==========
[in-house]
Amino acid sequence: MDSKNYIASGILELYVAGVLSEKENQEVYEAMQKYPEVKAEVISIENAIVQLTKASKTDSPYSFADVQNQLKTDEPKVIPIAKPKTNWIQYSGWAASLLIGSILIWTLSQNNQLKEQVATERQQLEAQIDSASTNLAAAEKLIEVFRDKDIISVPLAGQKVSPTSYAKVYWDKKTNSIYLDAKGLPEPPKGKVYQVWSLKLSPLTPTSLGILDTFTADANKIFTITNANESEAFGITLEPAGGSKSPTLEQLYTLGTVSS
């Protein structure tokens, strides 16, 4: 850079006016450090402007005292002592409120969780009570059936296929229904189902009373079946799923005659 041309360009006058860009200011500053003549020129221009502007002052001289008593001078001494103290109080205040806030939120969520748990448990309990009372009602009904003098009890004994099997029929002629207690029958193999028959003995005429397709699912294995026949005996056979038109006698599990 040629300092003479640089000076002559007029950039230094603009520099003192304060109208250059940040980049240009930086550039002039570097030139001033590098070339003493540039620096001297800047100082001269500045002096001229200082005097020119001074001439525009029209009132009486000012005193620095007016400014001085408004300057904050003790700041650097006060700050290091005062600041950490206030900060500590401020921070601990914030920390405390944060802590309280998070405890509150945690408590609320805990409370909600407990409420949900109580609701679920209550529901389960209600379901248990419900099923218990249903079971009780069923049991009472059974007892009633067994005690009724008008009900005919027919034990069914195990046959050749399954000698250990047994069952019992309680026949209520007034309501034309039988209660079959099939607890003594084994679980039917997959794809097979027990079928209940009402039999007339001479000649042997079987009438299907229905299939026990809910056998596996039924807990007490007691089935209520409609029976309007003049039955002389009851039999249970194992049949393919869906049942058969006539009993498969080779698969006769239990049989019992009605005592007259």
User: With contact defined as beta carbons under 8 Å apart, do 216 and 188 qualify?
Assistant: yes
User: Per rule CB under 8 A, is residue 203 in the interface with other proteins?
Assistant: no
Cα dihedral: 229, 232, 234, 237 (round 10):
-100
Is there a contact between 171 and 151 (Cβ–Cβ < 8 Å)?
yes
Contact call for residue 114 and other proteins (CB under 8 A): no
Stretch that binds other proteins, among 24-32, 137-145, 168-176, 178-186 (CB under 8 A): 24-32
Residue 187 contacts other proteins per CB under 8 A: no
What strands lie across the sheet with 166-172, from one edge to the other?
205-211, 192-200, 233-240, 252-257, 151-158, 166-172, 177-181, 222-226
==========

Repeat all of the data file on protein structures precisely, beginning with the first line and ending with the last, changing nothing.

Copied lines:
[in-house]
Amino acid sequence: MDSKNYIASGILELYVAGVLSEKENQEVYEAMQKYPEVKAEVISIENAIVQLTKASKTDSPYSFADVQNQLKTDEPKVIPIAKPKTNWIQYSGWAASLLIGSILIWTLSQNNQLKEQVATERQQLEAQIDSASTNLAAAEKLIEVFRDKDIISVPLAGQKVSPTSYAKVYWDKKTNSIYLDAKGLPEPPKGKVYQVWSLKLSPLTPTSLGILDTFTADANKIFTITNANESEAFGITLEPAGGSKSPTLEQLYTLGTVSS
């Protein structure tokens, strides 16, 4: 850079006016450090402007005292002592409120969780009570059936296929229904189902009373079946799923005659 041309360009006058860009200011500053003549020129221009502007002052001289008593001078001494103290109080205040806030939120969520748990448990309990009372009602009904003098009890004994099997029929002629207690029958193999028959003995005429397709699912294995026949005996056979038109006698599990 040629300092003479640089000076002559007029950039230094603009520099003192304060109208250059940040980049240009930086550039002039570097030139001033590098070339003493540039620096001297800047100082001269500045002096001229200082005097020119001074001439525009029209009132009486000012005193620095007016400014001085408004300057904050003790700041650097006060700050290091005062600041950490206030900060500590401020921070601990914030920390405390944060802590309280998070405890509150945690408590609320805990409370909600407990409420949900109580609701679920209550529901389960209600379901248990419900099923218990249903079971009780069923049991009472059974007892009633067994005690009724008008009900005919027919034990069914195990046959050749399954000698250990047994069952019992309680026949209520007034309501034309039988209660079959099939607890003594084994679980039917997959794809097979027990079928209940009402039999007339001479000649042997079987009438299907229905299939026990809910056998596996039924807990007490007691089935209520409609029976309007003049039955002389009851039999249970194992049949393919869906049942058969006539009993498969080779698969006769239990049989019992009605005592007259």
User: With contact defined as beta carbons under 8 Å apart, do 216 and 188 qualify?
Assistant: yes
User: Per rule CB under 8 A, is residue 203 in the interface with other proteins?
Assistant: no
Cα dihedral: 229, 232, 234, 237 (round 10):
-100
Is there a contact between 171 and 151 (Cβ–Cβ < 8 Å)?
yes
Contact call for residue 114 and other proteins (CB under 8 A): no
Stretch that binds other proteins, among 24-32, 137-145, 168-176, 178-186 (CB under 8 A): 24-32
Residue 187 contacts other proteins per CB under 8 A: no
What strands lie across the sheet with 166-172, from one edge to the other?
205-211, 192-200, 233-240, 252-257, 151-158, 166-172, 177-181, 222-226